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Getting Legal to Support Your Email Management Project

Electronic Archives are one of the least understood – and yet one of the best – technologies available to the enterprise for improved operations, compliance and eDiscovery.  Yet while most IT Jim Shookprofessionals are familiar with the benefits of Email Archiving, many see only the operational improvements that an archive can bring.  So when they need to enlist in-house counsel’s assistance to approve the policies for the archive, they often miss the benefits to the legal department, making it more difficult to convince legal to help.  In fact, discussing the benefits of the archive is a critical step.  Many lawyers still misunderstand the purpose of Email Archiving, incorrectly viewing it as a tool to save everything forever – something they are almost always against.

If you’re having difficulty getting legal on board with your archiving project (or if you’re a lawyer and want to better understand how archives can help you), here are three significant areas that are improved with a good email archive deployed as part of an overall Email Management initiative.

Electronic Discovery

Electronic discovery is the process of identifying, holding, collecting, analyzing and producing electronic stored information (“ESI”) to meet the requirements of litigation, investigation or open records / FOIA requests.  Email messages are the most frequent – and arguably the most important – locations for ESI.  Email is also one of the most expensive and risky sources of ESI because most companies do not effectively manage their email.  This often forces enterprises, under the risk of sanctions for deleting data that is relevant to a lawsuit (a penalty known as “spoliation”), to search in virtually unlimited locations for email and then to process and review huge volumes of messages.  Some enterprises have no established process for eDiscovery and are forced to retain backup tapes of email servers and fileshares as a stopgap measure, at enormous risk and expense.  Worse still – some companies simply pretend to meet their obligations through a quick search of a few mailboxes on the email server, knowing that email is stored in other locations they cannot efficiently search, and then cross their fingers to hope for the best.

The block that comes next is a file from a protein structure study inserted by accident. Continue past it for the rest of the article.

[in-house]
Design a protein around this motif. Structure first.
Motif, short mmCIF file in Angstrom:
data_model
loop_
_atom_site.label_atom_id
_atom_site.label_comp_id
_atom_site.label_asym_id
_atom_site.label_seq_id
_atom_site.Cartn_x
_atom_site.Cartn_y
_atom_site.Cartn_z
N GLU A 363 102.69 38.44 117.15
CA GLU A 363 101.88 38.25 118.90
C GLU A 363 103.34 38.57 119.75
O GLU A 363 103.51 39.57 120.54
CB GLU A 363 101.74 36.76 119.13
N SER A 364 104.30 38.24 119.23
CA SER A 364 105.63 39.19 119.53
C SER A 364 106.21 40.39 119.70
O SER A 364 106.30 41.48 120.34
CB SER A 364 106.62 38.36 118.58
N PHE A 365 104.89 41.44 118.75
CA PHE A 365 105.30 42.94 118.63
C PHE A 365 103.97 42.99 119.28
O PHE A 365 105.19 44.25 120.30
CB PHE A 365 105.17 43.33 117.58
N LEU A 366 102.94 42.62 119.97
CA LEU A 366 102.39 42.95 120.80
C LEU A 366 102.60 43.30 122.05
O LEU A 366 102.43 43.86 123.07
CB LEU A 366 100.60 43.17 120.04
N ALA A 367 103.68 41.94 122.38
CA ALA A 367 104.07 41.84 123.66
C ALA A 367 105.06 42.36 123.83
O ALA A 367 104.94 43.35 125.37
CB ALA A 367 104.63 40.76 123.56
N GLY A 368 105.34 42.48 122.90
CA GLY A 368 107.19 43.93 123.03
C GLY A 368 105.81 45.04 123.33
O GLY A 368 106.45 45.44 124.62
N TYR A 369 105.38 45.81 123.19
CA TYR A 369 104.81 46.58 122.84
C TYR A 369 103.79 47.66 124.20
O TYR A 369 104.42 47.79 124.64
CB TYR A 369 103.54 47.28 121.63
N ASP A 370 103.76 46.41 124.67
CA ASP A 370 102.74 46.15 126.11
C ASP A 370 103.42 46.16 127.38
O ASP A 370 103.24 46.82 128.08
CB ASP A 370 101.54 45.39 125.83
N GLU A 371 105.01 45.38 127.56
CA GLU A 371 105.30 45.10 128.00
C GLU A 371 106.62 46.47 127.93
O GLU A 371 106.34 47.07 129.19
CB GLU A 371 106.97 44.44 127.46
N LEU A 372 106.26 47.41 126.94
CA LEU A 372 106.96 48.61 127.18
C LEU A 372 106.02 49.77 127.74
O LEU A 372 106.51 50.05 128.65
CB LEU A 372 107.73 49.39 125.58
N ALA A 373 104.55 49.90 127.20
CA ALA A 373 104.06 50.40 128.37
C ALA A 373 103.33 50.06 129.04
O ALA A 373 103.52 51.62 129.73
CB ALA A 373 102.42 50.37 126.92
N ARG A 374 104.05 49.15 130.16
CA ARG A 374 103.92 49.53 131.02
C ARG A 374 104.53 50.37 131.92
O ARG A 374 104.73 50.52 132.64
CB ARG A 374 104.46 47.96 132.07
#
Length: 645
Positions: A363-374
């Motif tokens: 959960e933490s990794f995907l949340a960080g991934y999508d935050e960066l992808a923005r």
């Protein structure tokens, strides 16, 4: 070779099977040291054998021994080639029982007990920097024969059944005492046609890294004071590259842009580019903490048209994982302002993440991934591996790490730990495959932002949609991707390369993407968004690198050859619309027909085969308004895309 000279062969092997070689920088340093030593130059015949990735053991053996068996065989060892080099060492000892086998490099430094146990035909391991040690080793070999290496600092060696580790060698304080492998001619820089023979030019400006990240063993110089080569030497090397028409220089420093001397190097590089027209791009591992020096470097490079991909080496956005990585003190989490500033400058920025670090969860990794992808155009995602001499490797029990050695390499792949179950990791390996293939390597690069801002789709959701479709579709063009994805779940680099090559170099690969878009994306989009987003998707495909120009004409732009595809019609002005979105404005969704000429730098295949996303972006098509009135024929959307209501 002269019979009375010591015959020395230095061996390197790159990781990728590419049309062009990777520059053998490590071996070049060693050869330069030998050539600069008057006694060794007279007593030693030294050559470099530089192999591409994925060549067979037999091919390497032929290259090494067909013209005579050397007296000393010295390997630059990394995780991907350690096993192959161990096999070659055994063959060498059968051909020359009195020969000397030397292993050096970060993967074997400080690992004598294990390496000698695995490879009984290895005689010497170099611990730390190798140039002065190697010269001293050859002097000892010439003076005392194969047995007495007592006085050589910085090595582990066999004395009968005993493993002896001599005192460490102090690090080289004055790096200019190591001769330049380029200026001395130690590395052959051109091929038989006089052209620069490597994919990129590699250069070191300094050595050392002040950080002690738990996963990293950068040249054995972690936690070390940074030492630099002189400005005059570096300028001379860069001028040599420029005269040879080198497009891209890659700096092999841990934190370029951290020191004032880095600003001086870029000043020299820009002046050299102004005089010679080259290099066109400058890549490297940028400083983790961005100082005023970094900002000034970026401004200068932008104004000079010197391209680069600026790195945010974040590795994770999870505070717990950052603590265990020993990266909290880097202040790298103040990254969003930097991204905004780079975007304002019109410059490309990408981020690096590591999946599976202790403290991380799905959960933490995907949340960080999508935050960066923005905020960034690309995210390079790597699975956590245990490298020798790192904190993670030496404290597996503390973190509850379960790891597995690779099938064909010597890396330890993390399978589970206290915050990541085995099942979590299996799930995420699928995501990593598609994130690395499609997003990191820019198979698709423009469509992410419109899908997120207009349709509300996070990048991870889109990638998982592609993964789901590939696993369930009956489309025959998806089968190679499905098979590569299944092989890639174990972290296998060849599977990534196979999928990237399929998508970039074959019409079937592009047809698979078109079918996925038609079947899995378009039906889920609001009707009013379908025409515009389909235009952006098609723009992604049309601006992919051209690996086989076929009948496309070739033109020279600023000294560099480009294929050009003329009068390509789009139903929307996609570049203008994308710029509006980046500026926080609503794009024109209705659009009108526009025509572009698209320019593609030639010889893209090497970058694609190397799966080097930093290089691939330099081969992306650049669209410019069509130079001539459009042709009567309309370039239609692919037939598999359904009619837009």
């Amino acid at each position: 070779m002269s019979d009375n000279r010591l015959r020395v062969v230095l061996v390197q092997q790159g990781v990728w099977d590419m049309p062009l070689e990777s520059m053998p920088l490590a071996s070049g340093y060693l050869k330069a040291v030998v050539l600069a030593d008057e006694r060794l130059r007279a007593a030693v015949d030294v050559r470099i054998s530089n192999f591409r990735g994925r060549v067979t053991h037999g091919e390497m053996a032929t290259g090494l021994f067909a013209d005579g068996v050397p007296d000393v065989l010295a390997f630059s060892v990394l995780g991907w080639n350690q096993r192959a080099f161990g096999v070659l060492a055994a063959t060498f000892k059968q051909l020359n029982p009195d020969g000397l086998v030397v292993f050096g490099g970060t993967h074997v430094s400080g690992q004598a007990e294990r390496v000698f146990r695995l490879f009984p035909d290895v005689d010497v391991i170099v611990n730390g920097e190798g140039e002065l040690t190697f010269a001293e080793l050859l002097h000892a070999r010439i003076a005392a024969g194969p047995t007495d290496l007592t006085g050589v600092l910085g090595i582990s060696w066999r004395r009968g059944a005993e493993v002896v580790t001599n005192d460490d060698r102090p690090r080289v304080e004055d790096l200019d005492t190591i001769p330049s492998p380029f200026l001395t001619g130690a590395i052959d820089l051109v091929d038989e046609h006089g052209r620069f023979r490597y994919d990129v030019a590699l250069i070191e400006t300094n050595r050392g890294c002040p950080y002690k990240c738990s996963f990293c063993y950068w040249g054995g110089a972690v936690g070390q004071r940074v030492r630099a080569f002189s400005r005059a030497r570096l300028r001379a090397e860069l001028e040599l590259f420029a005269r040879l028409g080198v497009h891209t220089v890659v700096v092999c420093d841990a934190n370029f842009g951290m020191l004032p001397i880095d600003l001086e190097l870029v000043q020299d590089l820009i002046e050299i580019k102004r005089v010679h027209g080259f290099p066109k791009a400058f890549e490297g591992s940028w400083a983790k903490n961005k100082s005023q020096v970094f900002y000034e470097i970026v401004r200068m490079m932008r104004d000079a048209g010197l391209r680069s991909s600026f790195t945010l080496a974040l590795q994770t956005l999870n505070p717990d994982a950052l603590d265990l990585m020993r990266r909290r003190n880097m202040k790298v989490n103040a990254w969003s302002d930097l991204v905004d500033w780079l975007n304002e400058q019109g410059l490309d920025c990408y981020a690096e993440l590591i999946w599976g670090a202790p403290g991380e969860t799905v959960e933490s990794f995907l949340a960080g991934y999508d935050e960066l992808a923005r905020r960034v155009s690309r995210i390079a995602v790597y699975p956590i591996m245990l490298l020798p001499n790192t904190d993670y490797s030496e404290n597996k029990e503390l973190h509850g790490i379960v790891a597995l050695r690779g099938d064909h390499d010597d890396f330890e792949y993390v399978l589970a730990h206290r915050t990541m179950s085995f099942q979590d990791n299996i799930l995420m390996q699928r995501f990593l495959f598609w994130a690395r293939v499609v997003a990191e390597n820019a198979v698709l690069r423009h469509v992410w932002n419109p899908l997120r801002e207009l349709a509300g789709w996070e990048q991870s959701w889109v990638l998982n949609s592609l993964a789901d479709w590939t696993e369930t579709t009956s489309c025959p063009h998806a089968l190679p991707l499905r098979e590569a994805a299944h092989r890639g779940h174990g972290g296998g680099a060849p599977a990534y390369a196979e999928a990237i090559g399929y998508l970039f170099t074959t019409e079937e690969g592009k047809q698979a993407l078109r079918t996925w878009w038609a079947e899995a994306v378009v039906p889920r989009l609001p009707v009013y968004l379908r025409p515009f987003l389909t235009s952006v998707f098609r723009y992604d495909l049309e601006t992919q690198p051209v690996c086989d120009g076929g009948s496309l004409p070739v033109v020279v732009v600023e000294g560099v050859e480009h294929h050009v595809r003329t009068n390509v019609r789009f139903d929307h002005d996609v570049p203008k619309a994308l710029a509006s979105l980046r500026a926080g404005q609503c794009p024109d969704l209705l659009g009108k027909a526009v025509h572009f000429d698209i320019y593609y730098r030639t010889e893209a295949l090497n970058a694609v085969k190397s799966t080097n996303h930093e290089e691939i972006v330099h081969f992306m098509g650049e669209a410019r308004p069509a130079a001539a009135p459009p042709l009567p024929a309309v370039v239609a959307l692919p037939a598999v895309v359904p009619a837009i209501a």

Almost all of this difficult and risky process can be avoided with an effective Email Archive operating as part of an overall Email Management initiative.  With a good archive, the enterprise’s eDiscovery team can quickly search through just one location for all email, substantially reducing cost and risk.  An effective Email Management program can further cut downstream cost and risk by enabling the defensible deletion of email messages that do not need to be retained.  (If you have not already begun, you will also want to consider how you handle other ESI repositories for eDiscovery).